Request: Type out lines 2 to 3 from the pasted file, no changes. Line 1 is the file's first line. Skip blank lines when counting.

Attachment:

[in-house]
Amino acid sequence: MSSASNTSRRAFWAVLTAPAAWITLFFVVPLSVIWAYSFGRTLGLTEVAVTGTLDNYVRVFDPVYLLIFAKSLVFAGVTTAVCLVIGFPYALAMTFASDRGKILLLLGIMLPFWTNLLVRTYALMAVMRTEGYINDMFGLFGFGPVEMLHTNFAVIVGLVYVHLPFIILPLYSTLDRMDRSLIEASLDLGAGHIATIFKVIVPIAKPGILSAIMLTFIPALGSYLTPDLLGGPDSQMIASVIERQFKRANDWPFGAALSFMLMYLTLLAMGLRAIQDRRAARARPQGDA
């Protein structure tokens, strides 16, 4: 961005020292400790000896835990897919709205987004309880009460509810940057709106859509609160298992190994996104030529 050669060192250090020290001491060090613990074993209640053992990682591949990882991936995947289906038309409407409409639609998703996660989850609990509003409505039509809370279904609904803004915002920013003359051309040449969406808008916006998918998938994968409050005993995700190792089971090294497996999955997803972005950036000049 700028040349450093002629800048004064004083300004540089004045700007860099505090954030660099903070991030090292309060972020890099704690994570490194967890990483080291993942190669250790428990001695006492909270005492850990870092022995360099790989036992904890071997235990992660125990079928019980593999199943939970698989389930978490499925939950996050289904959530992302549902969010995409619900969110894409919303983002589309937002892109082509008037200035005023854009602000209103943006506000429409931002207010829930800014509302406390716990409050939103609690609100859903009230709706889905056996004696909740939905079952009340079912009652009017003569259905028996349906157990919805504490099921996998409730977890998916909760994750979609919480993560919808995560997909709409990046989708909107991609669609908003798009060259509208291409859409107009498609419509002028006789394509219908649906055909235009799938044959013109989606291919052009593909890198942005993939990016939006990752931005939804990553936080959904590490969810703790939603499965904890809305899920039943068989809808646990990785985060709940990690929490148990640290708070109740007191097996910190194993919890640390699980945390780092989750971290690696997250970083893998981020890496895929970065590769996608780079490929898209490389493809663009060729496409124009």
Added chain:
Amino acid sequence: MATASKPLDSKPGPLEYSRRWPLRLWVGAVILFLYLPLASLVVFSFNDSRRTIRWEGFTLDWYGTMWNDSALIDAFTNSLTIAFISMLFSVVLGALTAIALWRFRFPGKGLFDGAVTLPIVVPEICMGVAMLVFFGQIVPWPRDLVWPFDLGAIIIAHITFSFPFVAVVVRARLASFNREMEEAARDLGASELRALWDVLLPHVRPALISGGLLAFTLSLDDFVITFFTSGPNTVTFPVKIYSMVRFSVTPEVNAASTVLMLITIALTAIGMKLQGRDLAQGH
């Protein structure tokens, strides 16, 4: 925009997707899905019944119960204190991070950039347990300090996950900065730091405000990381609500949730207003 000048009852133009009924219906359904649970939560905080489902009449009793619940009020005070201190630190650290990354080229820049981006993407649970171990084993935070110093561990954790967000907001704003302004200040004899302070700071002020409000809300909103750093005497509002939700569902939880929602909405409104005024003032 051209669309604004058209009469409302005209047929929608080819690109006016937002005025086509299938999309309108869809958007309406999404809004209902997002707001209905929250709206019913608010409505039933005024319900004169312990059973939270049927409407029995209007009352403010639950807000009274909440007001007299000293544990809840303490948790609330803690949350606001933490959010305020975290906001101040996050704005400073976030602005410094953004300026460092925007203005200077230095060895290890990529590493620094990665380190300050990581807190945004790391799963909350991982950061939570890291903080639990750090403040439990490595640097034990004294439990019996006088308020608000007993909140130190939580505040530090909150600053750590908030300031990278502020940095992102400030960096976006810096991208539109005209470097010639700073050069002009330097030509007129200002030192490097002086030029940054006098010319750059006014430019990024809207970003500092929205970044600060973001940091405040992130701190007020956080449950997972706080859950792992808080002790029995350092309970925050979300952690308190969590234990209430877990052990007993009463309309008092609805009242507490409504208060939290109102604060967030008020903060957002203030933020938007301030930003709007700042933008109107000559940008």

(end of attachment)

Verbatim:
Amino acid sequence: MSSASNTSRRAFWAVLTAPAAWITLFFVVPLSVIWAYSFGRTLGLTEVAVTGTLDNYVRVFDPVYLLIFAKSLVFAGVTTAVCLVIGFPYALAMTFASDRGKILLLLGIMLPFWTNLLVRTYALMAVMRTEGYINDMFGLFGFGPVEMLHTNFAVIVGLVYVHLPFIILPLYSTLDRMDRSLIEASLDLGAGHIATIFKVIVPIAKPGILSAIMLTFIPALGSYLTPDLLGGPDSQMIASVIERQFKRANDWPFGAALSFMLMYLTLLAMGLRAIQDRRAARARPQGDA
């Protein structure tokens, strides 16, 4: 961005020292400790000896835990897919709205987004309880009460509810940057709106859509609160298992190994996104030529 050669060192250090020290001491060090613990074993209640053992990682591949990882991936995947289906038309409407409409639609998703996660989850609990509003409505039509809370279904609904803004915002920013003359051309040449969406808008916006998918998938994968409050005993995700190792089971090294497996999955997803972005950036000049 700028040349450093002629800048004064004083300004540089004045700007860099505090954030660099903070991030090292309060972020890099704690994570490194967890990483080291993942190669250790428990001695006492909270005492850990870092022995360099790989036992904890071997235990992660125990079928019980593999199943939970698989389930978490499925939950996050289904959530992302549902969010995409619900969110894409919303983002589309937002892109082509008037200035005023854009602000209103943006506000429409931002207010829930800014509302406390716990409050939103609690609100859903009230709706889905056996004696909740939905079952009340079912009652009017003569259905028996349906157990919805504490099921996998409730977890998916909760994750979609919480993560919808995560997909709409990046989708909107991609669609908003798009060259509208291409859409107009498609419509002028006789394509219908649906055909235009799938044959013109989606291919052009593909890198942005993939990016939006990752931005939804990553936080959904590490969810703790939603499965904890809305899920039943068989809808646990990785985060709940990690929490148990640290708070109740007191097996910190194993919890640390699980945390780092989750971290690696997250970083893998981020890496895929970065590769996608780079490929898209490389493809663009060729496409124009």